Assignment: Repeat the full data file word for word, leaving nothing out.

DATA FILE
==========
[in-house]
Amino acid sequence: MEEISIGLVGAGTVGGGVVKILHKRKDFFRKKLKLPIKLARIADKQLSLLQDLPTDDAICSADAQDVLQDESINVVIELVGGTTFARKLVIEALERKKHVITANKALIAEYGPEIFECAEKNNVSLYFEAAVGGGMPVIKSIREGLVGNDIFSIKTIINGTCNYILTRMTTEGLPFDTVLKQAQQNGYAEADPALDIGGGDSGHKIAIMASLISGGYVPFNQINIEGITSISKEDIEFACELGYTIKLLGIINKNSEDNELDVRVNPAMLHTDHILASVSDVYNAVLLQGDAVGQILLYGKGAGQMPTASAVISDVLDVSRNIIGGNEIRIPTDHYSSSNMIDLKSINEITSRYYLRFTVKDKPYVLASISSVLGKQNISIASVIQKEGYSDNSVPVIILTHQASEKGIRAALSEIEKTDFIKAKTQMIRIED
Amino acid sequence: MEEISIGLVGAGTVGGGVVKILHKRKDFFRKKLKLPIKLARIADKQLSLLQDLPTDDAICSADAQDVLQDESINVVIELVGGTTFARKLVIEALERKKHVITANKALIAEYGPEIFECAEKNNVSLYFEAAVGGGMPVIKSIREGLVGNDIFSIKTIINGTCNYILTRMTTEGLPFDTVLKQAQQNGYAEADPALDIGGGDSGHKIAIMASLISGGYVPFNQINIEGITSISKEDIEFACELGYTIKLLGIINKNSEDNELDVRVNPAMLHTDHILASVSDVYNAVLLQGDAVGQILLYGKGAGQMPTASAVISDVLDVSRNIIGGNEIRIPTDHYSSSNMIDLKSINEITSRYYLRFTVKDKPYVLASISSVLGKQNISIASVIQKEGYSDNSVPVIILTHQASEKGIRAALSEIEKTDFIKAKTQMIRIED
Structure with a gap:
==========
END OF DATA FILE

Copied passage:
[in-house]
Amino acid sequence: MEEISIGLVGAGTVGGGVVKILHKRKDFFRKKLKLPIKLARIADKQLSLLQDLPTDDAICSADAQDVLQDESINVVIELVGGTTFARKLVIEALERKKHVITANKALIAEYGPEIFECAEKNNVSLYFEAAVGGGMPVIKSIREGLVGNDIFSIKTIINGTCNYILTRMTTEGLPFDTVLKQAQQNGYAEADPALDIGGGDSGHKIAIMASLISGGYVPFNQINIEGITSISKEDIEFACELGYTIKLLGIINKNSEDNELDVRVNPAMLHTDHILASVSDVYNAVLLQGDAVGQILLYGKGAGQMPTASAVISDVLDVSRNIIGGNEIRIPTDHYSSSNMIDLKSINEITSRYYLRFTVKDKPYVLASISSVLGKQNISIASVIQKEGYSDNSVPVIILTHQASEKGIRAALSEIEKTDFIKAKTQMIRIED
Amino acid sequence: MEEISIGLVGAGTVGGGVVKILHKRKDFFRKKLKLPIKLARIADKQLSLLQDLPTDDAICSADAQDVLQDESINVVIELVGGTTFARKLVIEALERKKHVITANKALIAEYGPEIFECAEKNNVSLYFEAAVGGGMPVIKSIREGLVGNDIFSIKTIINGTCNYILTRMTTEGLPFDTVLKQAQQNGYAEADPALDIGGGDSGHKIAIMASLISGGYVPFNQINIEGITSISKEDIEFACELGYTIKLLGIINKNSEDNELDVRVNPAMLHTDHILASVSDVYNAVLLQGDAVGQILLYGKGAGQMPTASAVISDVLDVSRNIIGGNEIRIPTDHYSSSNMIDLKSINEITSRYYLRFTVKDKPYVLASISSVLGKQNISIASVIQKEGYSDNSVPVIILTHQASEKGIRAALSEIEKTDFIKAKTQMIRIED
Structure with a gap: